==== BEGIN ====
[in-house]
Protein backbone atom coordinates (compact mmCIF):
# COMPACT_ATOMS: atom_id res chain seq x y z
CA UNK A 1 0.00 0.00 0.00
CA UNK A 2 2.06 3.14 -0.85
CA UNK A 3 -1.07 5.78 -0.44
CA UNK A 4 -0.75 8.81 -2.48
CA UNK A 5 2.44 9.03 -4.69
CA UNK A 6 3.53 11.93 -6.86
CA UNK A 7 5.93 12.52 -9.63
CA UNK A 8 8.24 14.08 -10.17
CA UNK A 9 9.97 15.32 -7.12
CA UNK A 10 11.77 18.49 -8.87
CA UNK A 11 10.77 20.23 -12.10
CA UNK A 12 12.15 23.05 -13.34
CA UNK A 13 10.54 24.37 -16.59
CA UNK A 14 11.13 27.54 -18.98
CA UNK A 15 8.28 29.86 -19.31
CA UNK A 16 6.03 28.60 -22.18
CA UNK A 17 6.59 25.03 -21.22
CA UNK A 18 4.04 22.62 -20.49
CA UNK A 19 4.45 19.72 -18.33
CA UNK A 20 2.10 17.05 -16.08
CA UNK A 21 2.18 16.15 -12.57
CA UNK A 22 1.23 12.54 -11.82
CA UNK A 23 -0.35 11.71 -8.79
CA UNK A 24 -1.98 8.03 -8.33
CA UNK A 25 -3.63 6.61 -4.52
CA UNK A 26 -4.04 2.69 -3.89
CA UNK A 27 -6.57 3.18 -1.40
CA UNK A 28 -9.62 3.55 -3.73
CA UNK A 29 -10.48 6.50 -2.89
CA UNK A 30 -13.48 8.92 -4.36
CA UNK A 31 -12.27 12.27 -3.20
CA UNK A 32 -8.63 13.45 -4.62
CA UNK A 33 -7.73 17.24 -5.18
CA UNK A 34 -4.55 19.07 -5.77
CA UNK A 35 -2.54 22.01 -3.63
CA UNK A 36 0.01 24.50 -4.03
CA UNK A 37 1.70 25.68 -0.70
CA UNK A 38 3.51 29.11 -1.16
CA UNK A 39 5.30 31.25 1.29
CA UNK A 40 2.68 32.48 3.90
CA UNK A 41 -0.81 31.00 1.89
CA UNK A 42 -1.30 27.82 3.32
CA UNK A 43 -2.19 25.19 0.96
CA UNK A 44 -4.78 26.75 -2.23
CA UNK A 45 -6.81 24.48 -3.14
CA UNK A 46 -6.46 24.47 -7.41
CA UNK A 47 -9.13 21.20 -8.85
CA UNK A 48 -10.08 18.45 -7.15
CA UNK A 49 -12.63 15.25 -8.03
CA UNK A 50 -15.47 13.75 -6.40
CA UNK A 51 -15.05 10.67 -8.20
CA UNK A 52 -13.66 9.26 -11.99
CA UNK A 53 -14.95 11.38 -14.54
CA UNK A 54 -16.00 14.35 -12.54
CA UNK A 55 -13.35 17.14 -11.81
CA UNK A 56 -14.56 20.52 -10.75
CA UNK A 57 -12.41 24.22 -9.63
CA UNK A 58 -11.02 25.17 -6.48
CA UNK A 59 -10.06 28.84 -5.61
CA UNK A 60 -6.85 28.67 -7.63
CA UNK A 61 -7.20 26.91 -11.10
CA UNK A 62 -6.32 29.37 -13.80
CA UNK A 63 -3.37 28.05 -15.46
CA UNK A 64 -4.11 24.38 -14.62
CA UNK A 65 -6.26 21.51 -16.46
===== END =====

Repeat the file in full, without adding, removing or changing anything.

[in-house]
Protein backbone atom coordinates (compact mmCIF):
# COMPACT_ATOMS: atom_id res chain seq x y z
CA UNK A 1 0.00 0.00 0.00
CA UNK A 2 2.06 3.14 -0.85
CA UNK A 3 -1.07 5.78 -0.44
CA UNK A 4 -0.75 8.81 -2.48
CA UNK A 5 2.44 9.03 -4.69
CA UNK A 6 3.53 11.93 -6.86
CA UNK A 7 5.93 12.52 -9.63
CA UNK A 8 8.24 14.08 -10.17
CA UNK A 9 9.97 15.32 -7.12
CA UNK A 10 11.77 18.49 -8.87
CA UNK A 11 10.77 20.23 -12.10
CA UNK A 12 12.15 23.05 -13.34
CA UNK A 13 10.54 24.37 -16.59
CA UNK A 14 11.13 27.54 -18.98
CA UNK A 15 8.28 29.86 -19.31
CA UNK A 16 6.03 28.60 -22.18
CA UNK A 17 6.59 25.03 -21.22
CA UNK A 18 4.04 22.62 -20.49
CA UNK A 19 4.45 19.72 -18.33
CA UNK A 20 2.10 17.05 -16.08
CA UNK A 21 2.18 16.15 -12.57
CA UNK A 22 1.23 12.54 -11.82
CA UNK A 23 -0.35 11.71 -8.79
CA UNK A 24 -1.98 8.03 -8.33
CA UNK A 25 -3.63 6.61 -4.52
CA UNK A 26 -4.04 2.69 -3.89
CA UNK A 27 -6.57 3.18 -1.40
CA UNK A 28 -9.62 3.55 -3.73
CA UNK A 29 -10.48 6.50 -2.89
CA UNK A 30 -13.48 8.92 -4.36
CA UNK A 31 -12.27 12.27 -3.20
CA UNK A 32 -8.63 13.45 -4.62
CA UNK A 33 -7.73 17.24 -5.18
CA UNK A 34 -4.55 19.07 -5.77
CA UNK A 35 -2.54 22.01 -3.63
CA UNK A 36 0.01 24.50 -4.03
CA UNK A 37 1.70 25.68 -0.70
CA UNK A 38 3.51 29.11 -1.16
CA UNK A 39 5.30 31.25 1.29
CA UNK A 40 2.68 32.48 3.90
CA UNK A 41 -0.81 31.00 1.89
CA UNK A 42 -1.30 27.82 3.32
CA UNK A 43 -2.19 25.19 0.96
CA UNK A 44 -4.78 26.75 -2.23
CA UNK A 45 -6.81 24.48 -3.14
CA UNK A 46 -6.46 24.47 -7.41
CA UNK A 47 -9.13 21.20 -8.85
CA UNK A 48 -10.08 18.45 -7.15
CA UNK A 49 -12.63 15.25 -8.03
CA UNK A 50 -15.47 13.75 -6.40
CA UNK A 51 -15.05 10.67 -8.20
CA UNK A 52 -13.66 9.26 -11.99
CA UNK A 53 -14.95 11.38 -14.54
CA UNK A 54 -16.00 14.35 -12.54
CA UNK A 55 -13.35 17.14 -11.81
CA UNK A 56 -14.56 20.52 -10.75
CA UNK A 57 -12.41 24.22 -9.63
CA UNK A 58 -11.02 25.17 -6.48
CA UNK A 59 -10.06 28.84 -5.61
CA UNK A 60 -6.85 28.67 -7.63
CA UNK A 61 -7.20 26.91 -11.10
CA UNK A 62 -6.32 29.37 -13.80
CA UNK A 63 -3.37 28.05 -15.46
CA UNK A 64 -4.11 24.38 -14.62
CA UNK A 65 -6.26 21.51 -16.46